NEW YORK (DTN) -- New York Mercantile Exchange oil futures settled off highs this afternoon amid doubts the Organization of Petroleum Exporting Countries and Russia will meet next month to discuss cutting production.
The oil futures complex had rallied to three-week highs for NYMEX West Texas Intermediate, ULSD and Brent futures on the IntercontinentalExchange while NYMEX RBOB climbed to a two-week high, after Russian oil minister Alexander Novak said Russia and OPEC members will meet in February to discuss a prior proposal by Saudi Arabia to cut output by 5%. He said the talks may include all producing nations, including Saudi Arabia.
But the comments were dismissed after several OPEC delegates came out saying no meeting with Russia has been scheduled. The delegates said the 5% output cut proposal attributed to Saudi Arabia was actually made during a prior OPEC meeting, and is therefore not a legitimate figure to be relied on.
Both Russia and Saudi Arabia are the world's top producers at more than 10 million bpd each, although Saudi Arabia is the top exporter, and so a deal between them would be crucial to rebalancing the market.
The oil market, which had increasingly grown confident about the proposed meeting, quickly gave up some of the early gains. Still, the market held on to gains in part because of the idea that cuts are being considered despite the conflicting reports, and partly because of a technically-driven short-covering. Today marks the first three-day rallying streak for 2016.
"I think the Russia-OPEC headlines is just talking the market up, but it did force the shorts to cover," said Houston-based analyst Andy Lipow.
At settlement, NYMEX March WTI crude futures climbed 92cts to $33.22 bbl, off a three-week spot high of $34.82. ICE March Brent oil futures advanced 79cts to $33.89 bbl, off a three-week high of $35.84 on the spot continuation chart.
In products trade, the NYMEX February ULSD futures contract edged 0.57cts up to $1.0309 gallon, off a three-week spot high of $1.0956. February RBOB futures contract rose 3.33cts to $1.0790 gallon, off a two-week spot high of $1.1309.
On Wall Street, stock indices were higher ahead of their close, tracking oil price gains and also because of a weaker dollar. But the main story today was all about Russia and OPEC.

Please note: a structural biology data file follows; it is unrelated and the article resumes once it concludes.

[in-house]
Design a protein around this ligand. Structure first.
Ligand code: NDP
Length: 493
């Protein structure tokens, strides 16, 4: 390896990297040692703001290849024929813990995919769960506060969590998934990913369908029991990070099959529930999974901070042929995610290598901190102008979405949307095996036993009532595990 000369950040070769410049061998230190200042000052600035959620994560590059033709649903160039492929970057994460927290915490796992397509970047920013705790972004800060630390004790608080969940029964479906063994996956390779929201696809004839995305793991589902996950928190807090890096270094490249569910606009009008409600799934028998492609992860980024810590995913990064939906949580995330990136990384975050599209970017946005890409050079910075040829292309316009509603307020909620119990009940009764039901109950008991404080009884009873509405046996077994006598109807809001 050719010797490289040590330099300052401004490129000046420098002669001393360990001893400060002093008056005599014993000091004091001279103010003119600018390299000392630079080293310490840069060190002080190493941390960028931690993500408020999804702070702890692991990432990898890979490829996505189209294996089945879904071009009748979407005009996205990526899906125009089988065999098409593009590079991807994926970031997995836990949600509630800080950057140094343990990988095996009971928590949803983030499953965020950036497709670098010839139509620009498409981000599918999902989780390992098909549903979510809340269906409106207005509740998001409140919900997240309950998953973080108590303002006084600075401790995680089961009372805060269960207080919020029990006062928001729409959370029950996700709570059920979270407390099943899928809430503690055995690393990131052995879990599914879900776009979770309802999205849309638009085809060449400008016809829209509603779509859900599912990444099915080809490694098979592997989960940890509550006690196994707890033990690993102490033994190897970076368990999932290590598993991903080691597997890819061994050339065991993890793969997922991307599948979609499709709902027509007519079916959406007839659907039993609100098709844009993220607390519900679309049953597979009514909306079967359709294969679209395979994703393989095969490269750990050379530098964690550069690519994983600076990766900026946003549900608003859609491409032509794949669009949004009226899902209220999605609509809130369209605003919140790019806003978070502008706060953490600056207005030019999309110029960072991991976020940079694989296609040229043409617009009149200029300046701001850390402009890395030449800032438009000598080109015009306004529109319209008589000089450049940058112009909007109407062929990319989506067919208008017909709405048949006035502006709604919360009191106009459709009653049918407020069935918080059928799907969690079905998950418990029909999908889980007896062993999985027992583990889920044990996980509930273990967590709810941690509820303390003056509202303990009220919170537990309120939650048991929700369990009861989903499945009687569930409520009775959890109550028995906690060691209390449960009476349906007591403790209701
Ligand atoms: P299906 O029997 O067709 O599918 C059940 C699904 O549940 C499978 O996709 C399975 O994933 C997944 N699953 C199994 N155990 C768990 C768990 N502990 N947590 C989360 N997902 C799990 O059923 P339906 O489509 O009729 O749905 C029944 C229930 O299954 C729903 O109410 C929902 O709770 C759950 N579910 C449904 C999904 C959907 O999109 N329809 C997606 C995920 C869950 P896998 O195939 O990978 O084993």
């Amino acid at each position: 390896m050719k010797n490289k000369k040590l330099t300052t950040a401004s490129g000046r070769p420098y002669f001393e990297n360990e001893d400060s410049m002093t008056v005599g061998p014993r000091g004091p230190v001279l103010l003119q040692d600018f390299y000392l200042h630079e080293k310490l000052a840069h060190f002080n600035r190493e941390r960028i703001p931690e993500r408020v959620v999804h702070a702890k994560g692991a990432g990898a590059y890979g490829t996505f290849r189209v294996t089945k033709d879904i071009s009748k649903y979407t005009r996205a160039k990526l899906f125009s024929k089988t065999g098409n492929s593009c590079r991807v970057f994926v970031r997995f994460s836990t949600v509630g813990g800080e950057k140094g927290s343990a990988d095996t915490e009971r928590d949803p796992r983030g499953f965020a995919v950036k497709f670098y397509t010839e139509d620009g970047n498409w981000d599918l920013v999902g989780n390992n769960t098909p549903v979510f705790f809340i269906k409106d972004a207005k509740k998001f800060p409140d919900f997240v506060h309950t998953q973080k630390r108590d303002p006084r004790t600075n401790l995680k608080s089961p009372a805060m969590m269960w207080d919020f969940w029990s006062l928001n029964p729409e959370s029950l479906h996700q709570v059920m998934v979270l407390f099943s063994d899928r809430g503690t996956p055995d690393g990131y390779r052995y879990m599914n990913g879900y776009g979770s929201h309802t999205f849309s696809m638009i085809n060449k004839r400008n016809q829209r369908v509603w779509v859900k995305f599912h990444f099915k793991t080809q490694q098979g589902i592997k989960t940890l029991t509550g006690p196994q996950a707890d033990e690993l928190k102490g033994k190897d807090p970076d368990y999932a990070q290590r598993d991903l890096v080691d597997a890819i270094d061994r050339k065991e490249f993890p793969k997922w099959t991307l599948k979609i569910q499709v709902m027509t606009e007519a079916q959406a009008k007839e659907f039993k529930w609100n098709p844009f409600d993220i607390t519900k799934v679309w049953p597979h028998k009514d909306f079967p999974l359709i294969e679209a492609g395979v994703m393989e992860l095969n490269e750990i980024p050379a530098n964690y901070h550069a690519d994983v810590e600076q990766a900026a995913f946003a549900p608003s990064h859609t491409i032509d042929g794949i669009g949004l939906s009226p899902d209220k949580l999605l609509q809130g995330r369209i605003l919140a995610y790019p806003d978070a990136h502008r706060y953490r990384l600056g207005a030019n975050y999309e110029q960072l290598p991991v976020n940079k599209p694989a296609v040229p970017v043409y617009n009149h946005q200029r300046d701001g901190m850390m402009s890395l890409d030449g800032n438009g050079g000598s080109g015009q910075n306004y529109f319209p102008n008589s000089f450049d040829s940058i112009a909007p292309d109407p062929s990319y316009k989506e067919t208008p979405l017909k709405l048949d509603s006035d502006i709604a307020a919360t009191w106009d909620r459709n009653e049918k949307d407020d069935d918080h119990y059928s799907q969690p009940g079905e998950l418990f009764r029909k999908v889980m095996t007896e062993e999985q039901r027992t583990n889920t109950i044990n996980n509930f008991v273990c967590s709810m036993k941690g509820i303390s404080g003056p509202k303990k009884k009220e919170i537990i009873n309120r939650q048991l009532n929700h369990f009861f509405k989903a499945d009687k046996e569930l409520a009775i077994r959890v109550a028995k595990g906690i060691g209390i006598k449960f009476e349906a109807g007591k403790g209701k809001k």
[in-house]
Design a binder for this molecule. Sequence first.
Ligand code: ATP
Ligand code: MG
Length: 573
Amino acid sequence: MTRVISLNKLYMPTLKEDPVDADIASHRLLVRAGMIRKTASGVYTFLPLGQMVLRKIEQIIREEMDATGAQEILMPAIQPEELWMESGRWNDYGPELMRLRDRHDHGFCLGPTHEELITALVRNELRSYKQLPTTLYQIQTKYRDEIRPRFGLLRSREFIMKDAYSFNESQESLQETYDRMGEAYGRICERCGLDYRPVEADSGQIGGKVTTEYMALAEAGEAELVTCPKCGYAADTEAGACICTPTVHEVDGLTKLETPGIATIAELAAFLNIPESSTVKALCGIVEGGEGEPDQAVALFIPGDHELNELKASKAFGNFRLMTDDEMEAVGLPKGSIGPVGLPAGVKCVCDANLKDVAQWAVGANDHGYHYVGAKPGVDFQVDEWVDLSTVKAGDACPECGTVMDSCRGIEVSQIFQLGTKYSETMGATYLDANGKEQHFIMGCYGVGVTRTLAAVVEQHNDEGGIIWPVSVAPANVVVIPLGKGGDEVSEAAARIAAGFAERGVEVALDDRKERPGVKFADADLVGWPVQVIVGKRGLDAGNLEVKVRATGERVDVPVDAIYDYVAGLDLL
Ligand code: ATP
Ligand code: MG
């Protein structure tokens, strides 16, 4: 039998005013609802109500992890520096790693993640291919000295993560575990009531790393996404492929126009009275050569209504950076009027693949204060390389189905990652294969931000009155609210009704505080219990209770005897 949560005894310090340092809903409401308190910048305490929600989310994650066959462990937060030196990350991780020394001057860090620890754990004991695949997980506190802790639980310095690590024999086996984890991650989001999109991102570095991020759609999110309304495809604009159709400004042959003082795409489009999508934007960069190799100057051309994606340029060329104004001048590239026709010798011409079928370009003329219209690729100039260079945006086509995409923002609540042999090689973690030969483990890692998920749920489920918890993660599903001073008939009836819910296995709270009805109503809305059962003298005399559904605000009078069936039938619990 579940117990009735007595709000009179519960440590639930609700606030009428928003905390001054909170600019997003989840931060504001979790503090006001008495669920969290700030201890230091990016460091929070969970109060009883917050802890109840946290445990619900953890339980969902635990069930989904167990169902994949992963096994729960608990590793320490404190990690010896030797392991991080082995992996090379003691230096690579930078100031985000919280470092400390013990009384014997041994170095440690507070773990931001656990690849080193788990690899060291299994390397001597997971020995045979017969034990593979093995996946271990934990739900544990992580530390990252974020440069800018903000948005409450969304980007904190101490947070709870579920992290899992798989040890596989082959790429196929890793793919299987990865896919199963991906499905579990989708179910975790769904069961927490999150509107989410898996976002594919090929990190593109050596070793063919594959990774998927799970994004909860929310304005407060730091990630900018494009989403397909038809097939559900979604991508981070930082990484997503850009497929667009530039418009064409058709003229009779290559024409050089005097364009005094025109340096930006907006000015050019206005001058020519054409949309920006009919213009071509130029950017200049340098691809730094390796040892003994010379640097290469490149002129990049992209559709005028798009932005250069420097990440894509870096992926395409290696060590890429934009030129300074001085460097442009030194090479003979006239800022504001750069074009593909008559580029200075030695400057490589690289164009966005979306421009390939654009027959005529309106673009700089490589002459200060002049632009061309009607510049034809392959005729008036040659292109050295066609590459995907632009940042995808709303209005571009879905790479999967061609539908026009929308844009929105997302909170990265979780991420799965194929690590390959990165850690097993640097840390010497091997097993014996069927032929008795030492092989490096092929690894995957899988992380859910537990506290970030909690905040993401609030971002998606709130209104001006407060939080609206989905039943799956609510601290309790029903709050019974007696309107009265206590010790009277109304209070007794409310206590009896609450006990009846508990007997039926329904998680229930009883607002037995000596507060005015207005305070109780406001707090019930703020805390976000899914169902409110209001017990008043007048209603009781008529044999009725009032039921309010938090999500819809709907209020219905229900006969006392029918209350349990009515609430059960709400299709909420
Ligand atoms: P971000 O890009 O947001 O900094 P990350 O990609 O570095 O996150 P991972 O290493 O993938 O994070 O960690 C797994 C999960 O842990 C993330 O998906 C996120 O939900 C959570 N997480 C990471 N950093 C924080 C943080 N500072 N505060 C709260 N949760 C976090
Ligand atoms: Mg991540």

Oil prices have been declined for more than a year as demand struggled to keep pace with high global production and as stockpiles of crude oil and refined products increased. Nigeria and Venezuela have been calling for output cuts but Saudi Arabia has dismissed that idea, saying OPEC would only act if non-OPEC producers responded in kind.
So, the prospect for cooperation between OPEC and Russia grew closer when Russia appeared to support production cuts. However, a few analysts were skeptical and a new report by Barclays Capital argued that the Russians and Saudis are trying to raise false hope about the likelihood of a production cut by OPEC and non-OPEC.
"Talk of an OPEC cut is likely no more than an attempt to shift market sentiment," said the Barclays Capital report. "Given the short positioning, this news has spurred positive price action this week. [But] we remain highly skeptical that such a meeting will result in credible cuts in supply. We do not expect that it will change the physical market imbalance."
Wednesday's data from the Energy Information Administration showed domestic crude supplies at record highs, but the Federal Reserve tried to reassure the market by not raising interest rates Wednesday. The market will be looking forward the U.S. Gross Domestic Product data due out Friday.
George Orwel can be reached at email@example.com,
© Copyright 2016 DTN/The Progressive Farmer. All rights reserved.